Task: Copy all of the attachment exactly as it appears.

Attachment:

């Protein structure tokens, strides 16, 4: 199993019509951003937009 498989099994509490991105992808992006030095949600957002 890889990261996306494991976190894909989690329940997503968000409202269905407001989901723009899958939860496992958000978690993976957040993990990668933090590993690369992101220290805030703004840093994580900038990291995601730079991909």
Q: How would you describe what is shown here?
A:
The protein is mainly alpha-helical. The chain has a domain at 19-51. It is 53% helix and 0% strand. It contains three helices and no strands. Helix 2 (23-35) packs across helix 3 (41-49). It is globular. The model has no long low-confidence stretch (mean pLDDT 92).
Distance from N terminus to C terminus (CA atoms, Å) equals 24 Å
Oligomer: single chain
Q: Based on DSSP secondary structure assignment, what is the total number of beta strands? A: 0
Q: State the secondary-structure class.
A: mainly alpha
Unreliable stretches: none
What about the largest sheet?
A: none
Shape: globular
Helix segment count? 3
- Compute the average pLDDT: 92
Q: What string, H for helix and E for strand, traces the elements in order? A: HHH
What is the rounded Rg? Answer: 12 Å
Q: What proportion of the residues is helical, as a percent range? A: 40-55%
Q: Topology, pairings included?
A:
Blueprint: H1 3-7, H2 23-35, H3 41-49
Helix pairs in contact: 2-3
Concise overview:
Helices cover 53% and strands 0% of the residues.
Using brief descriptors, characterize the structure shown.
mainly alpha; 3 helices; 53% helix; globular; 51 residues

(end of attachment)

């Protein structure tokens, strides 16, 4: 199993019509951003937009 498989099994509490991105992808992006030095949600957002 890889990261996306494991976190894909989690329940997503968000409202269905407001989901723009899958939860496992958000978690993976957040993990990668933090590993690369992101220290805030703004840093994580900038990291995601730079991909």
Q: How would you describe what is shown here?
A:
The protein is mainly alpha-helical. The chain has a domain at 19-51. It is 53% helix and 0% strand. It contains three helices and no strands. Helix 2 (23-35) packs across helix 3 (41-49). It is globular. The model has no long low-confidence stretch (mean pLDDT 92).
Distance from N terminus to C terminus (CA atoms, Å) equals 24 Å
Oligomer: single chain
Q: Based on DSSP secondary structure assignment, what is the total number of beta strands? A: 0
Q: State the secondary-structure class.
A: mainly alpha
Unreliable stretches: none
What about the largest sheet?
A: none
Shape: globular
Helix segment count? 3
- Compute the average pLDDT: 92
Q: What string, H for helix and E for strand, traces the elements in order? A: HHH
What is the rounded Rg? Answer: 12 Å
Q: What proportion of the residues is helical, as a percent range? A: 40-55%
Q: Topology, pairings included?
A:
Blueprint: H1 3-7, H2 23-35, H3 41-49
Helix pairs in contact: 2-3
Concise overview:
Helices cover 53% and strands 0% of the residues.
Using brief descriptors, characterize the structure shown.
mainly alpha; 3 helices; 53% helix; globular; 51 residues